bees

Honeybees may not be the first thing that comes to mind when you think of agriculture, but they are a vital part of our nation’s food chain. In Arkansas, there are 1,981 registered beekeepers and about 40,000 registered colonies of bees, and their job is to pollinate not only flowering plants, but also agricultural commodities such as beans, tomatoes, onions and carrots.

“Farmers and beekeepers in Arkansas tend to have good relationships,” says Jon Zawislak, an apiculture instructor at the University of Arkansas at Little Rock. “Bees add an estimated $18 billion to $20 billion to the national agricultural economy each year, by improving the quality and quantity of crop yields. Beekeepers depend on farm crops to help support their bee colonies, and farmers understand that bees benefit their cropsas well.”

Most of Arkansas’s beekeepers are hobbyists who manage fewer than 10 colonies, while others keep a few hundred hives of bees as a side business. A handful of commercial beekeepers do it full time.

“Beekeeping is a popular hobby in both rural and urban areas,” Zawislak says. “There was a sharp increase a few years ago, when the media began reporting alarming declines of bees and other pollinators. Beekeeping has been growing steadily, as more people are growing urban gardens and raising backyard poultry. Honeybees fit right in with those activities.”

Honey [INFOGRAPHIC]

Coy’s Honey Farm

The Coy family in Jonesboro owns the largest honeybee operation in Arkansas, with 12,000 hives in three states – Arkansas, Missouri and Mississippi. Brothers Richard and David manage Coy’s Honey Farm with their parents, Bobby and Anna Coy. Together, they produce approximately 1.1 million pounds of honey every year.

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“After they got married, my mom and dad wanted to farm, but it wasn’t an option for them. In 1969, my grandfather convinced my dad that they could farm bees,” Richard Coy says. “They purchased about 50 hives to start, and by 1979, they had 400 hives. When my grandfather passed away, my dad decided to keep bees full time, so he quit his job and by 1981, he had 800 hives. It just progressed from there.”

At 76, Bobby Coy is still president of Coy’s Honey Farm and active in the business every day. Other family members involved in the business include Richard’s wife, Julie, and sons Andrew (22) and Martin (18). They also have a 3-year-old daughter, Olivia.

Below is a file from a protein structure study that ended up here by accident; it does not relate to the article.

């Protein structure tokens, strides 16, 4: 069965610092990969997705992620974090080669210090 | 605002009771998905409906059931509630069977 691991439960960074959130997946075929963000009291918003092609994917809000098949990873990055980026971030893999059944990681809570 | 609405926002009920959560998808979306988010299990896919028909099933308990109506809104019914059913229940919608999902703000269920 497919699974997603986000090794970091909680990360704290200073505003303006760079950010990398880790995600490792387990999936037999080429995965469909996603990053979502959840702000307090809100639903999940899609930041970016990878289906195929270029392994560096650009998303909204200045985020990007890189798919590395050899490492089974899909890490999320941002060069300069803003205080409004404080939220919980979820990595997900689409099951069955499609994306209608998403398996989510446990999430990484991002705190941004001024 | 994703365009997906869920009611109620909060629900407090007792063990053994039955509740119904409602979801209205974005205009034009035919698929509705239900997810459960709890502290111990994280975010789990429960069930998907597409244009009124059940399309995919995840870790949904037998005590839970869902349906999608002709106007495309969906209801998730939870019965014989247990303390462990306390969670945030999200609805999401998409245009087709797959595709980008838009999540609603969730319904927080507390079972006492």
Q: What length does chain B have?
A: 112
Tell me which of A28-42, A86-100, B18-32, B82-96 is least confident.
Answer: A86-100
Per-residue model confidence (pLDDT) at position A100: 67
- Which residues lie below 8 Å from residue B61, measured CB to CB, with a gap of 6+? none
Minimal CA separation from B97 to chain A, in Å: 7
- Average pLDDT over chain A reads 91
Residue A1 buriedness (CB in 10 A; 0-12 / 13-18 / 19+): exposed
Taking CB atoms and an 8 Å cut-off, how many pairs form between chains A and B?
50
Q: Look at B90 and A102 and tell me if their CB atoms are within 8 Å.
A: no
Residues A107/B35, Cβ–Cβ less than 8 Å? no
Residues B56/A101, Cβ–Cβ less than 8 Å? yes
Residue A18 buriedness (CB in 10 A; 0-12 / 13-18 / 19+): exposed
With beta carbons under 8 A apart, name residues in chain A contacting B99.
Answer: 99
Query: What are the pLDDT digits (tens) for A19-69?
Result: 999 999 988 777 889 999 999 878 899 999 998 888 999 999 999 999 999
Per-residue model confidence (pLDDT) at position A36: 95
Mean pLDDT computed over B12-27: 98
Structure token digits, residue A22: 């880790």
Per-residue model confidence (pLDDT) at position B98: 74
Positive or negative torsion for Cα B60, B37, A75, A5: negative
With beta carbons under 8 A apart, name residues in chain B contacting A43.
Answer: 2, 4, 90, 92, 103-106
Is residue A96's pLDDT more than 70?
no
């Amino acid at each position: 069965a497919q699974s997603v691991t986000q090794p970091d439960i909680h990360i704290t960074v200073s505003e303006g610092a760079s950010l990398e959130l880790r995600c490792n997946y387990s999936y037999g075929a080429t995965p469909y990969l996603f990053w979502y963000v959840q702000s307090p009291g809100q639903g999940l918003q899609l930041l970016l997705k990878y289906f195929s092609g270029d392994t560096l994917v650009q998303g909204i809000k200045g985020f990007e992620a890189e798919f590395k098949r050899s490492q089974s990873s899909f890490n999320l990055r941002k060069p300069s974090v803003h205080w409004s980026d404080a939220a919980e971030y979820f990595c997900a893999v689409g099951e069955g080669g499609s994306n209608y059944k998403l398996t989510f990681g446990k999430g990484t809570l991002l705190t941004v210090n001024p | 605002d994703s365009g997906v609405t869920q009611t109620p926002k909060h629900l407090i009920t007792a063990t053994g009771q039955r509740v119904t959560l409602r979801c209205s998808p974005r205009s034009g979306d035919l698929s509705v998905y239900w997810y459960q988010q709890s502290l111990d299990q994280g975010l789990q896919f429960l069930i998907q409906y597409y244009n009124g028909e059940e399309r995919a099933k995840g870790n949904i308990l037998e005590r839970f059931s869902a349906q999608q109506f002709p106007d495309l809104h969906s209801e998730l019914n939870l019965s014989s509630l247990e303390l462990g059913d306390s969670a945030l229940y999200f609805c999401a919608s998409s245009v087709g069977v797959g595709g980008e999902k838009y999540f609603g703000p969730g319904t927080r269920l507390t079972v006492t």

David’s wife, Sarah, is secretary for Coy’s Honey Farm, along with daughter Meghan (13) and their newest little honeybee, Phillip (6 months). The family has three full-time employees in Mississippi and nine full-time employees in Arkansas.

“We have to hire extra help during harvest, from June through September,” Richard Coy says.

The Coys expanded their business into Missouri and Mississippi by purchasing beekeeping operations from other owners. In 2015, they purchased Crooked Creek Apiaries in Marvell, which will allow them to sell honey in health food stores in Arkansas and

Tennessee. Coy’s Honey Farm sells all its honey to Sioux Honey Association, a large honey co-op, while Crooked Creek Apiaries sells to retail stores. Julie Coy is secretary for Crooked Creek Apiaries.

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“We’re excited about the new retail business, and we plan to expand to other markets,” Richard Coy says. “We wanted to make the business available to our children, so we knew we had to expand the pie.”

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In January and February, Coy’s Honey Farm sends many of its hives to California on an 18-wheeler flatbed truck. While in California, the bees help pollinate almond trees.

“Almonds are only grown in California, but there aren’t enough bees there to pollinate all the almond trees,” Coy explains. “It also helps us economically, because in January and February, the bees cost us money. Some die in cold weather. But if we send them to California, the bees do better in warmer temperatures, and we get rental income from the almond farmers.”

Beekeeping Classes

Back in Little Rock, Zawislak helps maintain 40 to 50 hives used for honeybee research by the University of Arkansas Cooperative Extension. He also manages a half dozen urban hives that produce honey for his family.

“Honeybees are amazing creatures. My whole family is fascinated by them,” Zawislak says. “The more I learn about them, the more I appreciate them.”

Zawislak conducts beekeeping classes and workshops across the state to help new beekeepers get started and to support existing beekeepers. Information on those classes can be found online at uaex.edu/bees.

Richard Coy agrees that bees are fascinating creatures.

“I enjoy seeing God’s creation at work. The beehive is an amazing thing,” he says. “We are grateful to farmers who allow us to place bees on their farms. Without farmers, there would be no commercial beekeepers in northeast Arkansas. Farmers help keep the business of beekeeping alive.”

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